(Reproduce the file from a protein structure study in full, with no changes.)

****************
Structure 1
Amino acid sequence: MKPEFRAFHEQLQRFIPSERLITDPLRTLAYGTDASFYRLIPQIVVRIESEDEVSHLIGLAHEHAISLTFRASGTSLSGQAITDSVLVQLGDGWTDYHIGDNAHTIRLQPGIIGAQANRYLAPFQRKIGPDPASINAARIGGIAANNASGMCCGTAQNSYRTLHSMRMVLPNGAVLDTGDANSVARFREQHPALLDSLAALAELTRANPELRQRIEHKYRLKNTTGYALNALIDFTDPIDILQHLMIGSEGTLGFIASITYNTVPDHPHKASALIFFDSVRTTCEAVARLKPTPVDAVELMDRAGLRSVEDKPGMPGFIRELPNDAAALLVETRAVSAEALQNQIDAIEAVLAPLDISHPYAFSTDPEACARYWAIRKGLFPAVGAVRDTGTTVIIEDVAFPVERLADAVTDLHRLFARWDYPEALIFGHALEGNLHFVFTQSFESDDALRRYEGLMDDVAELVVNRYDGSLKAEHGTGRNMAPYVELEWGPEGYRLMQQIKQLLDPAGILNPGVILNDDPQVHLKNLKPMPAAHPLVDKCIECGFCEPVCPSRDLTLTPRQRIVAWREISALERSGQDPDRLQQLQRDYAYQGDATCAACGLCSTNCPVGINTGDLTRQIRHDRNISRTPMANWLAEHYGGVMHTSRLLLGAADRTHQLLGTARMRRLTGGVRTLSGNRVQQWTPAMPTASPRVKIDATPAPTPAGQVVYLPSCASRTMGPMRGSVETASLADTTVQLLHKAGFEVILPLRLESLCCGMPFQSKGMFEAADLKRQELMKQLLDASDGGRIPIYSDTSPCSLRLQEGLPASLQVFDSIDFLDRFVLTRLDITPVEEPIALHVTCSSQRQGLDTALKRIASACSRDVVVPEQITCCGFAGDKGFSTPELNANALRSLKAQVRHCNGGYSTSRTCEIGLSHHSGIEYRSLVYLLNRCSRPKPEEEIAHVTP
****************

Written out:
Structure 1
Amino acid sequence: MKPEFRAFHEQLQRFIPSERLITDPLRTLAYGTDASFYRLIPQIVVRIESEDEVSHLIGLAHEHAISLTFRASGTSLSGQAITDSVLVQLGDGWTDYHIGDNAHTIRLQPGIIGAQANRYLAPFQRKIGPDPASINAARIGGIAANNASGMCCGTAQNSYRTLHSMRMVLPNGAVLDTGDANSVARFREQHPALLDSLAALAELTRANPELRQRIEHKYRLKNTTGYALNALIDFTDPIDILQHLMIGSEGTLGFIASITYNTVPDHPHKASALIFFDSVRTTCEAVARLKPTPVDAVELMDRAGLRSVEDKPGMPGFIRELPNDAAALLVETRAVSAEALQNQIDAIEAVLAPLDISHPYAFSTDPEACARYWAIRKGLFPAVGAVRDTGTTVIIEDVAFPVERLADAVTDLHRLFARWDYPEALIFGHALEGNLHFVFTQSFESDDALRRYEGLMDDVAELVVNRYDGSLKAEHGTGRNMAPYVELEWGPEGYRLMQQIKQLLDPAGILNPGVILNDDPQVHLKNLKPMPAAHPLVDKCIECGFCEPVCPSRDLTLTPRQRIVAWREISALERSGQDPDRLQQLQRDYAYQGDATCAACGLCSTNCPVGINTGDLTRQIRHDRNISRTPMANWLAEHYGGVMHTSRLLLGAADRTHQLLGTARMRRLTGGVRTLSGNRVQQWTPAMPTASPRVKIDATPAPTPAGQVVYLPSCASRTMGPMRGSVETASLADTTVQLLHKAGFEVILPLRLESLCCGMPFQSKGMFEAADLKRQELMKQLLDASDGGRIPIYSDTSPCSLRLQEGLPASLQVFDSIDFLDRFVLTRLDITPVEEPIALHVTCSSQRQGLDTALKRIASACSRDVVVPEQITCCGFAGDKGFSTPELNANALRSLKAQVRHCNGGYSTSRTCEIGLSHHSGIEYRSLVYLLNRCSRPKPEEEIAHVTP